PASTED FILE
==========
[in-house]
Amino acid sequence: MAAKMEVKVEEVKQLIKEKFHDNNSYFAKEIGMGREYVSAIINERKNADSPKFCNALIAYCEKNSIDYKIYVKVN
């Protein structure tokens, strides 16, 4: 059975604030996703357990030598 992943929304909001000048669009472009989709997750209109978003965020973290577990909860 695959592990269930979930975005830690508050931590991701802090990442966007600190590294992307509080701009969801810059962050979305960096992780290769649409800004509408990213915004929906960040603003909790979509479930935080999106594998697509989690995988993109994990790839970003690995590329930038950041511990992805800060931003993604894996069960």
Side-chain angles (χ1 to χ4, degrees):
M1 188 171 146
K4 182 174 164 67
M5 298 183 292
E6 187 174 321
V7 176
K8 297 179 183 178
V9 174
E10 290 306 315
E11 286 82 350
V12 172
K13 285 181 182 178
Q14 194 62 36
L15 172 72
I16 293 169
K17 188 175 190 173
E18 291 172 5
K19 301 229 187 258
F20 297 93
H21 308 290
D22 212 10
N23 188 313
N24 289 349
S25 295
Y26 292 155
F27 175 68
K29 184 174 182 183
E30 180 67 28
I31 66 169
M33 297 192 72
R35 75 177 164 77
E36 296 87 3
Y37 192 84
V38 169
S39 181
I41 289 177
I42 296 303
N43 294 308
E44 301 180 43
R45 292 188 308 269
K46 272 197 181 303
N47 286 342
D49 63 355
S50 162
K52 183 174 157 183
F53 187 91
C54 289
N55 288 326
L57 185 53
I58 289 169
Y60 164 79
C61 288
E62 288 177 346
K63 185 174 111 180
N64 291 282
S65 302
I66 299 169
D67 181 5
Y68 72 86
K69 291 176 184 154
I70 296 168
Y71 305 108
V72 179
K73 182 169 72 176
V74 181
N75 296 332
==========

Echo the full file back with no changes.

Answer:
[in-house]
Amino acid sequence: MAAKMEVKVEEVKQLIKEKFHDNNSYFAKEIGMGREYVSAIINERKNADSPKFCNALIAYCEKNSIDYKIYVKVN
């Protein structure tokens, strides 16, 4: 059975604030996703357990030598 992943929304909001000048669009472009989709997750209109978003965020973290577990909860 695959592990269930979930975005830690508050931590991701802090990442966007600190590294992307509080701009969801810059962050979305960096992780290769649409800004509408990213915004929906960040603003909790979509479930935080999106594998697509989690995988993109994990790839970003690995590329930038950041511990992805800060931003993604894996069960």
Side-chain angles (χ1 to χ4, degrees):
M1 188 171 146
K4 182 174 164 67
M5 298 183 292
E6 187 174 321
V7 176
K8 297 179 183 178
V9 174
E10 290 306 315
E11 286 82 350
V12 172
K13 285 181 182 178
Q14 194 62 36
L15 172 72
I16 293 169
K17 188 175 190 173
E18 291 172 5
K19 301 229 187 258
F20 297 93
H21 308 290
D22 212 10
N23 188 313
N24 289 349
S25 295
Y26 292 155
F27 175 68
K29 184 174 182 183
E30 180 67 28
I31 66 169
M33 297 192 72
R35 75 177 164 77
E36 296 87 3
Y37 192 84
V38 169
S39 181
I41 289 177
I42 296 303
N43 294 308
E44 301 180 43
R45 292 188 308 269
K46 272 197 181 303
N47 286 342
D49 63 355
S50 162
K52 183 174 157 183
F53 187 91
C54 289
N55 288 326
L57 185 53
I58 289 169
Y60 164 79
C61 288
E62 288 177 346
K63 185 174 111 180
N64 291 282
S65 302
I66 299 169
D67 181 5
Y68 72 86
K69 291 176 184 154
I70 296 168
Y71 305 108
V72 179
K73 182 169 72 176
V74 181
N75 296 332